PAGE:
Washington Post: House Speaker Nancy Pelosi's (Calif.) assertion at a press conference this morning that the Bush administration and the Central Intelligence Agency misled her and the Congress regarding the treatment of suspected terrorists adds further fuel to the fire on an issue that has been on a low boil for weeks.
Asked whether she was accusing the CIA of lying to her during a 2002 briefing on the use of so-called "enhanced interrogation techniques," Pelosi said: "Yes, misleading the Congress of the United States, misleading the Congress of the United States. I am."
She went on to call on the CIA to release the details of briefings they provided to Congress and for the creation of a truth commission to "determine how intelligence was misused and how controversial and possibly illegal activities like torture were authorized within the executive branch."
Pelosi's press conference comes amid a series of allegations from Republicans -- inside and outside of Congress -- that she knew far more about the treatment of detainees in the early part of the decade than she initially let on.
"The Speaker has had way too many stories on this issue," said House Minority Leader John Boehner (Ohio) at a press conference moments ago. He added that he has "not one doubt" that interrogations of detainees were conducted "within the law" and that he was opposed to the idea of a truth commission.
As the Post's Paul Kane notes, Pelosi acknowledged publicly for the first time today that she was aware that detainees were being waterboarded as long ago as 2003 when a member of her staff was part of a briefing in February of that year in which it was revealed that waterboarding was ongoing.
Pelosi's press conference has both short term and long term political impact.
In the short term, it snuffs out President Obama's preferred message of the day -- pushed at a scheduled town hall today in New Mexico -- regarding credit card reform. Obama and/or White House press secretary Robert Gibbs are certain to face questions about Pelosi's remarks whenever reporters are given access to them today.
Pelosi's comments -- and the firestorm they will almost certainly set off -- could speed up the timetable for an announcement of Obama's Supreme Court nominee, which has been speculated as coming either next week or shortly after Memorial Day. If the torture debate dominates the news for the next several days, the White House may want (or need) a way the change the subject and the announcement of a Supreme Court justice would almost certainly provide the necessary distraction.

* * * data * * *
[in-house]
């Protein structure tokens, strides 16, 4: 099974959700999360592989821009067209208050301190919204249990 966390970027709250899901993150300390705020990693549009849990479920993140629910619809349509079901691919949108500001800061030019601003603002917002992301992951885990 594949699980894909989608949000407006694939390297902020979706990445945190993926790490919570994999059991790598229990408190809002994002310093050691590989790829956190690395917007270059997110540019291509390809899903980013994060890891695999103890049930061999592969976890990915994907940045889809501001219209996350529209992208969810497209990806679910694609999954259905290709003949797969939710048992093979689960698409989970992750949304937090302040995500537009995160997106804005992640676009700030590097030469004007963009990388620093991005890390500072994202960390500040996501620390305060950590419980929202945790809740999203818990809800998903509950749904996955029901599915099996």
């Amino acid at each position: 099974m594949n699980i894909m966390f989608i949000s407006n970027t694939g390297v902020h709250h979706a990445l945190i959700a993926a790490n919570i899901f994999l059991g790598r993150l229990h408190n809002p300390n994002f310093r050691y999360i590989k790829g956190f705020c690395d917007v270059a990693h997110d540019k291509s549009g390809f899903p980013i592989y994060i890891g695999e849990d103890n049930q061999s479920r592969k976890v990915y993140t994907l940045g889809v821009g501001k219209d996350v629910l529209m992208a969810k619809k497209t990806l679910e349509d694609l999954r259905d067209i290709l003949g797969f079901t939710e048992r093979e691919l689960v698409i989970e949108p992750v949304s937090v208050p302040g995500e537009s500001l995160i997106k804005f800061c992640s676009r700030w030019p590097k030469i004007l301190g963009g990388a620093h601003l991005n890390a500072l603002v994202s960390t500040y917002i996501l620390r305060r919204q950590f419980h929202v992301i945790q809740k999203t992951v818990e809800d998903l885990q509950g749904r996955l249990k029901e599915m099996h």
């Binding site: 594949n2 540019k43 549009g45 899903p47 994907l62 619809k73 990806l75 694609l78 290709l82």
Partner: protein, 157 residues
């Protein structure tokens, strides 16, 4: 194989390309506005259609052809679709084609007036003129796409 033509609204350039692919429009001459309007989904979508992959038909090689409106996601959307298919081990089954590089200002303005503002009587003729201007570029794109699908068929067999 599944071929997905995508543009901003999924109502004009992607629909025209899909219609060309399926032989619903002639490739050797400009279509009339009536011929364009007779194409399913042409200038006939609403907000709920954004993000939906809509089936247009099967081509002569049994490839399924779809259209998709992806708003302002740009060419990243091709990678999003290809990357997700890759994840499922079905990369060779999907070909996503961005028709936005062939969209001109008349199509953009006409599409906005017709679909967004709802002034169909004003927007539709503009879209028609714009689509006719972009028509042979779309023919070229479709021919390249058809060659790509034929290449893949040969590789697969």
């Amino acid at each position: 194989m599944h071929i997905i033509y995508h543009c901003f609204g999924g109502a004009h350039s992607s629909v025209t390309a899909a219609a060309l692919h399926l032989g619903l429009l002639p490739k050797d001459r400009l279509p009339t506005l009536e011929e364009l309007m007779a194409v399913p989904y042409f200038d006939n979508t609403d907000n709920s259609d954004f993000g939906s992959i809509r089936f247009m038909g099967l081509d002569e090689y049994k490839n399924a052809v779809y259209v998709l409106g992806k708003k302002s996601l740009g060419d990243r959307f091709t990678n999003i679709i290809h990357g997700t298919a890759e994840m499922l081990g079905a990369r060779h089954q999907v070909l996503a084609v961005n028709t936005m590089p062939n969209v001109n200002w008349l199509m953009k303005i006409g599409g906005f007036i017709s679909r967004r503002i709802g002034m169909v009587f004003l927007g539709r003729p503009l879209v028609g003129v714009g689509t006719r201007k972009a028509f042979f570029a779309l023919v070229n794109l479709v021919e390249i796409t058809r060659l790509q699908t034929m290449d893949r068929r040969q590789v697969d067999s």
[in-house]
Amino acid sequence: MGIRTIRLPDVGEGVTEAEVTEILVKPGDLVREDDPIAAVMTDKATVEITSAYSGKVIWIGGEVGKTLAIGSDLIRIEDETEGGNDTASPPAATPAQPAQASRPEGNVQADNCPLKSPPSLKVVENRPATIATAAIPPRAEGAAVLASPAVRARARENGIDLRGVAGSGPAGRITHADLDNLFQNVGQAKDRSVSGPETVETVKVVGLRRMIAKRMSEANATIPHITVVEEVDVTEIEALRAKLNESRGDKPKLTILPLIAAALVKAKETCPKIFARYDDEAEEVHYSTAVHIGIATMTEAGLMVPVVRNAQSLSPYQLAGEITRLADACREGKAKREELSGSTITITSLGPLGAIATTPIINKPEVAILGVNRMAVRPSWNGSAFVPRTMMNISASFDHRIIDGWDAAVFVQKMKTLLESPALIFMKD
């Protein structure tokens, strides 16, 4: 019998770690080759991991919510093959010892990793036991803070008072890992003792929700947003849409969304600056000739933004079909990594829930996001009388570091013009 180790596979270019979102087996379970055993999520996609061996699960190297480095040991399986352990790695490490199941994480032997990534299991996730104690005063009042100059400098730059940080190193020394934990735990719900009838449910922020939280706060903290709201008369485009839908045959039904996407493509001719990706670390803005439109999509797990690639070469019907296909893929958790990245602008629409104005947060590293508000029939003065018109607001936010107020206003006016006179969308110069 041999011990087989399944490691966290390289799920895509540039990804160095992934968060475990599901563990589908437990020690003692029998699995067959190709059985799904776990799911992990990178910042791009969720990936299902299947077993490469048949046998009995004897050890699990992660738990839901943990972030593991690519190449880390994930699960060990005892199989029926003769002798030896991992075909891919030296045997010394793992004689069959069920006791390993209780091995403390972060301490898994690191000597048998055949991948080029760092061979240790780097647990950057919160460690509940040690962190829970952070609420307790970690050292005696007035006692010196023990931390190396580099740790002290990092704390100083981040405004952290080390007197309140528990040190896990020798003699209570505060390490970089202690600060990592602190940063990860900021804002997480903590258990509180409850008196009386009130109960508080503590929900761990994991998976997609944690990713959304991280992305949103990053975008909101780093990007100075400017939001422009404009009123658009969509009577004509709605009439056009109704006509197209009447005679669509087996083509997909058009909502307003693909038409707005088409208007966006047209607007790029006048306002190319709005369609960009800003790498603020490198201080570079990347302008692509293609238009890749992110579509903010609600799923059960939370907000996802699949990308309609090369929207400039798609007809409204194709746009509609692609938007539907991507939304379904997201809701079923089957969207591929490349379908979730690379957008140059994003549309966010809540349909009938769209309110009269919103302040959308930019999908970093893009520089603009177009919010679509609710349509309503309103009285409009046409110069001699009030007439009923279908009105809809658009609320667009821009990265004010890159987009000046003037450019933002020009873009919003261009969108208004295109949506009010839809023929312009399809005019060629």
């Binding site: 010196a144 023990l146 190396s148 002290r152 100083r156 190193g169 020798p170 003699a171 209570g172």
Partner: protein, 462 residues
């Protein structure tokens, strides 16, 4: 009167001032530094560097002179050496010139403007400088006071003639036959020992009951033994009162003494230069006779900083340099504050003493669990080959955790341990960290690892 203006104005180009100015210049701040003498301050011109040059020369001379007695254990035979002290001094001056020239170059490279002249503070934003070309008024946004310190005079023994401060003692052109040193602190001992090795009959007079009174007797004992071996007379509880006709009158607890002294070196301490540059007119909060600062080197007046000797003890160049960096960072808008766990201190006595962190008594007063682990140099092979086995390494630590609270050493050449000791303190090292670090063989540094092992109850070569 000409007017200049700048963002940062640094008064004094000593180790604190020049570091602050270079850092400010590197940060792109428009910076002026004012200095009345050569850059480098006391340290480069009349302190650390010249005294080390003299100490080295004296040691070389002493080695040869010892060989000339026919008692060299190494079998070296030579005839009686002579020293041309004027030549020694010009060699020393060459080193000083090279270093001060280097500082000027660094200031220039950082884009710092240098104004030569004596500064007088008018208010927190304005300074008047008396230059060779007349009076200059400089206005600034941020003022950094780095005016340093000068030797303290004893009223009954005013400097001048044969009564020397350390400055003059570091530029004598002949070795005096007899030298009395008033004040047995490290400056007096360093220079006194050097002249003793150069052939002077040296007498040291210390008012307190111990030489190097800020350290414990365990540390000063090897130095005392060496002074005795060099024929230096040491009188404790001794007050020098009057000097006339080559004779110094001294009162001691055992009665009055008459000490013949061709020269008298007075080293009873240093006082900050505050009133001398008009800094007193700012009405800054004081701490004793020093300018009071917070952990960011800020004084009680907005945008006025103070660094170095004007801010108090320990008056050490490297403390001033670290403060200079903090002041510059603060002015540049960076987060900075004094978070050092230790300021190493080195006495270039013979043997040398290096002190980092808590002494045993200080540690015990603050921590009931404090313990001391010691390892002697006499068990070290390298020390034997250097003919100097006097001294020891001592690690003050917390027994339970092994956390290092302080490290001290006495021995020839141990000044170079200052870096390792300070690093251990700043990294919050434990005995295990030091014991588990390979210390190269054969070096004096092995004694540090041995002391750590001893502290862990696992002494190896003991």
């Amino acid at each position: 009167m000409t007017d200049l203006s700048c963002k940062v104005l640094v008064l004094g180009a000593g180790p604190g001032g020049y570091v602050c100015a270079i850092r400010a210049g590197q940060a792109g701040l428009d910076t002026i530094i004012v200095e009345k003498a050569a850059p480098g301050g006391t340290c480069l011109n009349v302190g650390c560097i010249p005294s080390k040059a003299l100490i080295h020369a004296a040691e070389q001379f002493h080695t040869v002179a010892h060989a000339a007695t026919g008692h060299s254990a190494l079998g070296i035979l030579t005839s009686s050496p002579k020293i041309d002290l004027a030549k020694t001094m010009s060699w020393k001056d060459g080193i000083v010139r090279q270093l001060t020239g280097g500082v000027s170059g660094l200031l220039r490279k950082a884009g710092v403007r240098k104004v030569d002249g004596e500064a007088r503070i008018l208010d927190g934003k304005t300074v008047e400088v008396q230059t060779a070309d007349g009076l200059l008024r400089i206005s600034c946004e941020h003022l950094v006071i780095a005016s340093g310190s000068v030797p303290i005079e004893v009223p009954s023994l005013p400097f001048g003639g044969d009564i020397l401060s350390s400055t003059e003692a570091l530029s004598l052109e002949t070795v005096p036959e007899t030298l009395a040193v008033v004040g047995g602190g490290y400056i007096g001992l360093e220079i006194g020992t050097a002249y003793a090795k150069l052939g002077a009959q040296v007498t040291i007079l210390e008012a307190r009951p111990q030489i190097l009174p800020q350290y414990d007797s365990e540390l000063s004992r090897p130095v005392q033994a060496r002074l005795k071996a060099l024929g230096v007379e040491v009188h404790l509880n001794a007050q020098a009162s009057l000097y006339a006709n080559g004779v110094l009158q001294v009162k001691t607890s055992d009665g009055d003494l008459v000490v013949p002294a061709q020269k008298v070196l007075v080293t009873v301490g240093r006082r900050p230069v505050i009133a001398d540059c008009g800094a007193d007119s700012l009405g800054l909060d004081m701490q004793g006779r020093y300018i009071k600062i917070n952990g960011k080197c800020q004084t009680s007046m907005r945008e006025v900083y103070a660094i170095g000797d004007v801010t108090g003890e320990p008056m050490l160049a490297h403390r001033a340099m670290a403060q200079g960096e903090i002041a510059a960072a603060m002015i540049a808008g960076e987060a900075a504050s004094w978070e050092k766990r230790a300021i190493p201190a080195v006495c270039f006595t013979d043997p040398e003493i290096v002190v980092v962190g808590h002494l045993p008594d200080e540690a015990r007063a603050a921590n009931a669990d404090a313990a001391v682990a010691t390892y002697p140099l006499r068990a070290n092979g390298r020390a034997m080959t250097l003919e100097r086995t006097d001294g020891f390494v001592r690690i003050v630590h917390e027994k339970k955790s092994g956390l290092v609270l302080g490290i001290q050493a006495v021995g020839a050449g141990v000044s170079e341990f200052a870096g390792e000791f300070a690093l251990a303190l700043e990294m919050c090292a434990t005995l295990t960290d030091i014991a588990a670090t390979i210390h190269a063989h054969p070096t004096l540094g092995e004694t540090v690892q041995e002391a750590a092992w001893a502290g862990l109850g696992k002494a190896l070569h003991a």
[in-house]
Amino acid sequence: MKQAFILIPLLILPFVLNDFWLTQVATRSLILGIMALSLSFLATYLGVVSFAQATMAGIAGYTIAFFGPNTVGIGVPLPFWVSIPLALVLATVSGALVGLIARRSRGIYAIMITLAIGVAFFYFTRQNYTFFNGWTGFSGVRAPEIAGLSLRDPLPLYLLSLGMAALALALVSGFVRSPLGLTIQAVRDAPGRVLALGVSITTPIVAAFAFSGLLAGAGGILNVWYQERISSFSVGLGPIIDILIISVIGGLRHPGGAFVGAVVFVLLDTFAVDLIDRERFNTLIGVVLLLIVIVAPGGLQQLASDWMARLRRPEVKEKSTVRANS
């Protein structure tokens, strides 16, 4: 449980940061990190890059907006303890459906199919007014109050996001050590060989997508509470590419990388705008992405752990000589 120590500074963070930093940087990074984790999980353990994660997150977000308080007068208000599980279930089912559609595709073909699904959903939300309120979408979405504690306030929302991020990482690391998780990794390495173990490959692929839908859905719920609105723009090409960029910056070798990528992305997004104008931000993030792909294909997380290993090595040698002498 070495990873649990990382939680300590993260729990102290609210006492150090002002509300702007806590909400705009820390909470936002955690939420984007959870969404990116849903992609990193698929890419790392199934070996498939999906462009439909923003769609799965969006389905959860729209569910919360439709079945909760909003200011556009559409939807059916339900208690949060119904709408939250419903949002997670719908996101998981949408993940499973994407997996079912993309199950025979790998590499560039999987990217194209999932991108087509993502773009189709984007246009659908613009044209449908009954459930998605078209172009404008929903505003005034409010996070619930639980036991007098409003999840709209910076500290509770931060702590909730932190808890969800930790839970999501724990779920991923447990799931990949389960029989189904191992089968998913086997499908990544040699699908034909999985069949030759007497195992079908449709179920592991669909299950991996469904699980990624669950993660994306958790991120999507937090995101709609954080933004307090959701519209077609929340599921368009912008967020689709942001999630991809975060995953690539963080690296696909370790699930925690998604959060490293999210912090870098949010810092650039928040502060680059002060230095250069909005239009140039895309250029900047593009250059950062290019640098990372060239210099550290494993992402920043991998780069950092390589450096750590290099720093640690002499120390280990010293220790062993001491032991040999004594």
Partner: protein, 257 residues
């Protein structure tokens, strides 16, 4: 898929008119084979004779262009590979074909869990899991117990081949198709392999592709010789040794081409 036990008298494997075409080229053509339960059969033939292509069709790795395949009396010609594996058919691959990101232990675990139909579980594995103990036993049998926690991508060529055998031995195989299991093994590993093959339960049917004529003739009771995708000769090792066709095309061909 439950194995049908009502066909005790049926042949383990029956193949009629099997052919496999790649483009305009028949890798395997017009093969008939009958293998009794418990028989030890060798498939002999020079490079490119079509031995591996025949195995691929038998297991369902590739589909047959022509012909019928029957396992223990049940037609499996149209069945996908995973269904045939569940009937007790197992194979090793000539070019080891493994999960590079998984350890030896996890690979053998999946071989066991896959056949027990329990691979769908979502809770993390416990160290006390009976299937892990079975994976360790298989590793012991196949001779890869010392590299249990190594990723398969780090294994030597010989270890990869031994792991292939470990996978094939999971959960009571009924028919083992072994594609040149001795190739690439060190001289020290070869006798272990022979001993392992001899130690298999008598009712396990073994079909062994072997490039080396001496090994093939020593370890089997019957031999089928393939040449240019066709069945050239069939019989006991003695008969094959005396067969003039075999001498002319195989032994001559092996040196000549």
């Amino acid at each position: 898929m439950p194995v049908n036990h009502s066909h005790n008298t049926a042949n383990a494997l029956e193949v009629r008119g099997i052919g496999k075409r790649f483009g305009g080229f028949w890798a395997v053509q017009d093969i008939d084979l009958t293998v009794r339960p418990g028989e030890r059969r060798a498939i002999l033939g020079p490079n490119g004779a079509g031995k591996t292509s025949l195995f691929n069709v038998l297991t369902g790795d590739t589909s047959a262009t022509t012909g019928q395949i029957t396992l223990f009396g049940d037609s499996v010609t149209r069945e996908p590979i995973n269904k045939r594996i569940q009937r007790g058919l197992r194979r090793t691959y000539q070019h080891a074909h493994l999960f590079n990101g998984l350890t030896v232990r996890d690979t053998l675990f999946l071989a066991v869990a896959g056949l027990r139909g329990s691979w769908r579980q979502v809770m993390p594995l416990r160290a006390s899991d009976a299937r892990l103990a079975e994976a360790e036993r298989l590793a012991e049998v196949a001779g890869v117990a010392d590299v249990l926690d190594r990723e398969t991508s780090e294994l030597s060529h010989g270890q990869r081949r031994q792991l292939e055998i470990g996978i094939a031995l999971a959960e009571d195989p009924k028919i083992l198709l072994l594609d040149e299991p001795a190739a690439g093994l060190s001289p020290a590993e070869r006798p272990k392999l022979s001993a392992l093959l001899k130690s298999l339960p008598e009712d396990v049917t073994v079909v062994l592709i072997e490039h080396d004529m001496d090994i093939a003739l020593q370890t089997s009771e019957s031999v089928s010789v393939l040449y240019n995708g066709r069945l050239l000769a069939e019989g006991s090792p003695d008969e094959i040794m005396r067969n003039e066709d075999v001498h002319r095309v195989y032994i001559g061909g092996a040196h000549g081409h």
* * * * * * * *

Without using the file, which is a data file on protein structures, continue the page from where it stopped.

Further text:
The long-term political prognosis is less clear. The Obama administration has made no secret of the fact that they would prefer not to spend time looking back at what happened under President George W. Bush since it distracts from what they believe to be the important tasks at hand -- most notably turning around the economy.
And, it's hard to imagine that the White House is pleased with Pelosi's press conference today -- knowing that the allegations she has made further complicate an already sticky political entanglement, making it far more difficult for the issue to be dismissed out of a desire to look forward rather than backward.
Pelosi's comments are also -- almost certainly -- not her last words on this subject. As indicated by Boehner's comments, Republicans are going to continue to paint Pelosi as telling a series of conflicting stories about what she knew and when she knew it.
While Pelosi's press conference this morning was clearly intended to put to rest a process story that all politicians hate, it may well have the opposite effect -- raising more questions about her timeline and her past statements.
Make no mistake: Pelosi would not have held this sort of press conference unless she and her inner circle believed that she was losing altitude -- politically -- on the issue. But, her decision to do so could have wide-ranging political implications that will reach from Congress to the White House and back.
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